Celebrating Diversity in Design

Culture has always played an essential role in architecture. From Pisa’s Leaning Tower and India’s Taj Mahal to Icelandic traditional igloos and turf houses, there is no shortage of iconic architectural examples representing different cultural traditions around the globe.

Contemporary architects are discovering innovative ways to integrate cultural elements into their designs, creating stunning results that combine tradition with modernity for truly distinctive and beautiful results.


Symbolism is one of the primary ways culture influences architecture. A circle was an iconic shape in many cultures across time, appearing on temples, religious buildings, memorials and hero cults alike. Additionally, symbolism can also be found in decorative elements like stained glass windows that depict cultural scenes or Oriental excess; and in design language such as that seen on Greek Parthenon pyramidal plan.

Architecture has long incorporated cultural symbols into its designs since antiquity, whether to reflect unique identities or communicate social commentary. Examples include Italy’s Leaning Tower of Pisa and India’s Taj Mahal as well as England’s Westminster Abbey and France’s Notre Dame as well as America’s iconic White House – among many others.

Modern architects perform an artful dance between tradition and modernity, honoring cultural roots while meeting present and future needs. Culture pervades every aspect of urban planning as well as individual building designs; its effect can be felt across cities as well as individual buildings.


Culture can have an immense effect on the design of buildings in any place, serving as a reflection of its values, beliefs, history and lifestyle. Furthermore, it may shape how people live their lives and their desire for certain spaces.

Building styles have cultural roots; from ancient Egyptian pyramids to lavish palaces of European monarchies. Leaning Tower of Pisa, the Taj Mahal, and Big Ben are examples of architecture with cultural influences, all featuring in their design.

Modern architecture embraces multiculturalism through architectural elements from different cultures, reflecting the belief that we all bring something unique to the table. A Norwegian structure designed to draw attention to the northern lights shows us how we can still celebrate cultural heritage while being inclusive, while Tianzi Hotel in China incorporates contemporary features with traditional Chinese designs to promote harmony.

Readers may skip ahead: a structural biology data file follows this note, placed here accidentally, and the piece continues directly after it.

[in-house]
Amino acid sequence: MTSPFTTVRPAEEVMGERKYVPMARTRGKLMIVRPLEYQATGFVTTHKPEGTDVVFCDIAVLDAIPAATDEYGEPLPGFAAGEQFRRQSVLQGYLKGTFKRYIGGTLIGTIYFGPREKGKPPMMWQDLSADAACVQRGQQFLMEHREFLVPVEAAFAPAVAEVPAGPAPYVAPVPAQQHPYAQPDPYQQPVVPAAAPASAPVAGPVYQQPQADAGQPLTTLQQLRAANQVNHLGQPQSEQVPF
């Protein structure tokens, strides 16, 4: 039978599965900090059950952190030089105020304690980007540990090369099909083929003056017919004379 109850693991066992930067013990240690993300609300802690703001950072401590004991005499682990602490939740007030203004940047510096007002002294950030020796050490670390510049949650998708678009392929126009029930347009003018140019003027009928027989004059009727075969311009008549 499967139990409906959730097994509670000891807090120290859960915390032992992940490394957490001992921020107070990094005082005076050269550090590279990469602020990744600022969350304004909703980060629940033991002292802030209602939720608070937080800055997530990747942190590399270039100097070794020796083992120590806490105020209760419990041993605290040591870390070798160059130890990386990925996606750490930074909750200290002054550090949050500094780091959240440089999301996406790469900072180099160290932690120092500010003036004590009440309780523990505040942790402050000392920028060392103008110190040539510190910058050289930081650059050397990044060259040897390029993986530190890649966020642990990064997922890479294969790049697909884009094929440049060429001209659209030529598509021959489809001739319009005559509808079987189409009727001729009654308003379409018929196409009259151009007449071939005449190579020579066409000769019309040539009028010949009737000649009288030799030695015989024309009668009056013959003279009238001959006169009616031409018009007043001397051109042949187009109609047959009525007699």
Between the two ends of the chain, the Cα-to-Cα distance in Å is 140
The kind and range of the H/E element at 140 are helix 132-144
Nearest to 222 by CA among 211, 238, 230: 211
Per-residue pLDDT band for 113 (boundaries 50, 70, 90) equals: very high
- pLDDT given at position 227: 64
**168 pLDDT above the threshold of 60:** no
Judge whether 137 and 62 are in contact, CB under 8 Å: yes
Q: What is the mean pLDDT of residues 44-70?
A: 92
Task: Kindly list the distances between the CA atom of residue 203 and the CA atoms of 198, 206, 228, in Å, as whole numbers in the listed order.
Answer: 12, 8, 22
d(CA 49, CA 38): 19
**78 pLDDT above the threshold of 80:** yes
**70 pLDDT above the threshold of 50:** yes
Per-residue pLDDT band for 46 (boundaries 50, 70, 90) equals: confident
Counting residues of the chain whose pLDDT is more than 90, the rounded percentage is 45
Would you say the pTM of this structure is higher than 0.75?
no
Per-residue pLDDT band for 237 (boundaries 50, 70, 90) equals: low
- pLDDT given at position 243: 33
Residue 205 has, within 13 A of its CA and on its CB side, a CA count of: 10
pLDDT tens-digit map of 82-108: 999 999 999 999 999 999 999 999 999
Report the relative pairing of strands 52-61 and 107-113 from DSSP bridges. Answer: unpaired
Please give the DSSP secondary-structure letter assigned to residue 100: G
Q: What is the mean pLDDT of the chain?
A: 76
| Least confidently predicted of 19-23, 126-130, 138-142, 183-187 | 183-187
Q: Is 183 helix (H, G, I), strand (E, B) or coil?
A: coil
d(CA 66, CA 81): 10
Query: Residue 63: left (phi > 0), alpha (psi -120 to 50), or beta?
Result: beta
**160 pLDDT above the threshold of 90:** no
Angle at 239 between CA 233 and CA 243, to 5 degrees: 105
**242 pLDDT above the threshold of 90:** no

Architecture often expresses culture through symbols, imagery, and design language. We see this evidenced in ancient structures like pyramids, temples, churches, traditional houses that showcased religious beliefs (such as rock homes from Turkey or Icelandic igloos or circular buildings from southern Africa); or contemporary structures that showcase values specific to a culture ( such as rock homes in Turkey or circular structures in southern Africa).

Integrating cultural influences into designs helps foster inclusion. Furthermore, doing so ensures user satisfaction by creating spaces that resonate with individuals from various cultural backgrounds.

Architectural styles have deep historical roots that reflect their cultures of origin. From Egyptian palaces to classical Greek columns, each style represents ideals and beliefs that were held dear by a specific civilization during its time, and these values continue to influence modern architectural design today.


Architecture does more than create physical spaces for humans to inhabit; it also plays an essential role in protecting and transmitting cultural heritage across communities. Architecture serves as an art form that can represent beliefs and values while furthering social justice initiatives and sustainable practices.

Architecture has long shaped culture, and vice versa. One way this happens is when buildings’ design or features convey specific messages – for instance pyramids were constructed to symbolize that gods lived there while temples or churches often serve as representations of religion.

Although modern architecture seems increasingly homogeneous, cultural influence still plays a prominent role in shaping its global architectural landscape. Today’s architects find inspiration in historic architecture while considering local location specifics or iconic icons from specific cultures when designing contemporary buildings. Furthermore, globalization and interconnectivity of societies has allowed designers to combine architectural elements from multiple cultures more easily for unique constructions.